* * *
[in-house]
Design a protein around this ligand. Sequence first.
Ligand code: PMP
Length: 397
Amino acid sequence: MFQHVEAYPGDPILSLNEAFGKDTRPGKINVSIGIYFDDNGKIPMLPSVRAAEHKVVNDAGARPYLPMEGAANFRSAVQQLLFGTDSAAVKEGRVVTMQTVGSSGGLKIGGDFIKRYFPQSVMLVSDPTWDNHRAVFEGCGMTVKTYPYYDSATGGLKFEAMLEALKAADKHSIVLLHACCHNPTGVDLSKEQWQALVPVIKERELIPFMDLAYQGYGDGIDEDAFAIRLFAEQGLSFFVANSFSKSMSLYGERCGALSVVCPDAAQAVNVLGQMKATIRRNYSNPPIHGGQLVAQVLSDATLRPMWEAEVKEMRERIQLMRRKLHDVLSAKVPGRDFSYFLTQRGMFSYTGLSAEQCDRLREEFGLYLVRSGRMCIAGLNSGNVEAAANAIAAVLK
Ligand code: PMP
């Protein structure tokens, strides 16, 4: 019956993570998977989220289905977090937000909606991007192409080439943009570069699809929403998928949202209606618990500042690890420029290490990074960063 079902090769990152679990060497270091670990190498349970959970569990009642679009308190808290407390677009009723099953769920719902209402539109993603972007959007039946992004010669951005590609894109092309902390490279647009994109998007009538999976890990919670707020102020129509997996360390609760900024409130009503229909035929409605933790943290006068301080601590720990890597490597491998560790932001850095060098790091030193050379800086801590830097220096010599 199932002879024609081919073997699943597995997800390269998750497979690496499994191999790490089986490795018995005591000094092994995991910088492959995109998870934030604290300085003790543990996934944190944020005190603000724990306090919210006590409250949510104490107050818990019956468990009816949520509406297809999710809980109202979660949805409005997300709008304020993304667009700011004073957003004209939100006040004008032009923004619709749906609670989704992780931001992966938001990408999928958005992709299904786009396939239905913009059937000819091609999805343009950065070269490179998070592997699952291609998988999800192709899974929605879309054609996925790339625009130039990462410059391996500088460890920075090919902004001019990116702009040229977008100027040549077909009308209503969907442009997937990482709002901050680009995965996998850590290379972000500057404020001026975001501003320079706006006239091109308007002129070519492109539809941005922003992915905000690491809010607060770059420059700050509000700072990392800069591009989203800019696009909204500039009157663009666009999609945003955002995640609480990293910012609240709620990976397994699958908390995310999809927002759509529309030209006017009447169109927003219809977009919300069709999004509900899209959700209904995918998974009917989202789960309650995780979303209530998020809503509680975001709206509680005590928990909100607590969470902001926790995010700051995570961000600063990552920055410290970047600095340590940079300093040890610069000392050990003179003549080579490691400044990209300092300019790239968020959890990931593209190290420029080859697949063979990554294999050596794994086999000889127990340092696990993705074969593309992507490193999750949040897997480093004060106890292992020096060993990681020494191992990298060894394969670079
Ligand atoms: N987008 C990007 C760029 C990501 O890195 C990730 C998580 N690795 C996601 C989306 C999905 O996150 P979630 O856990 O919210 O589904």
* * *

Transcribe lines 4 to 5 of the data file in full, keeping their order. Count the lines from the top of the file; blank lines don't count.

Length: 397
Amino acid sequence: MFQHVEAYPGDPILSLNEAFGKDTRPGKINVSIGIYFDDNGKIPMLPSVRAAEHKVVNDAGARPYLPMEGAANFRSAVQQLLFGTDSAAVKEGRVVTMQTVGSSGGLKIGGDFIKRYFPQSVMLVSDPTWDNHRAVFEGCGMTVKTYPYYDSATGGLKFEAMLEALKAADKHSIVLLHACCHNPTGVDLSKEQWQALVPVIKERELIPFMDLAYQGYGDGIDEDAFAIRLFAEQGLSFFVANSFSKSMSLYGERCGALSVVCPDAAQAVNVLGQMKATIRRNYSNPPIHGGQLVAQVLSDATLRPMWEAEVKEMRERIQLMRRKLHDVLSAKVPGRDFSYFLTQRGMFSYTGLSAEQCDRLREEFGLYLVRSGRMCIAGLNSGNVEAAANAIAAVLK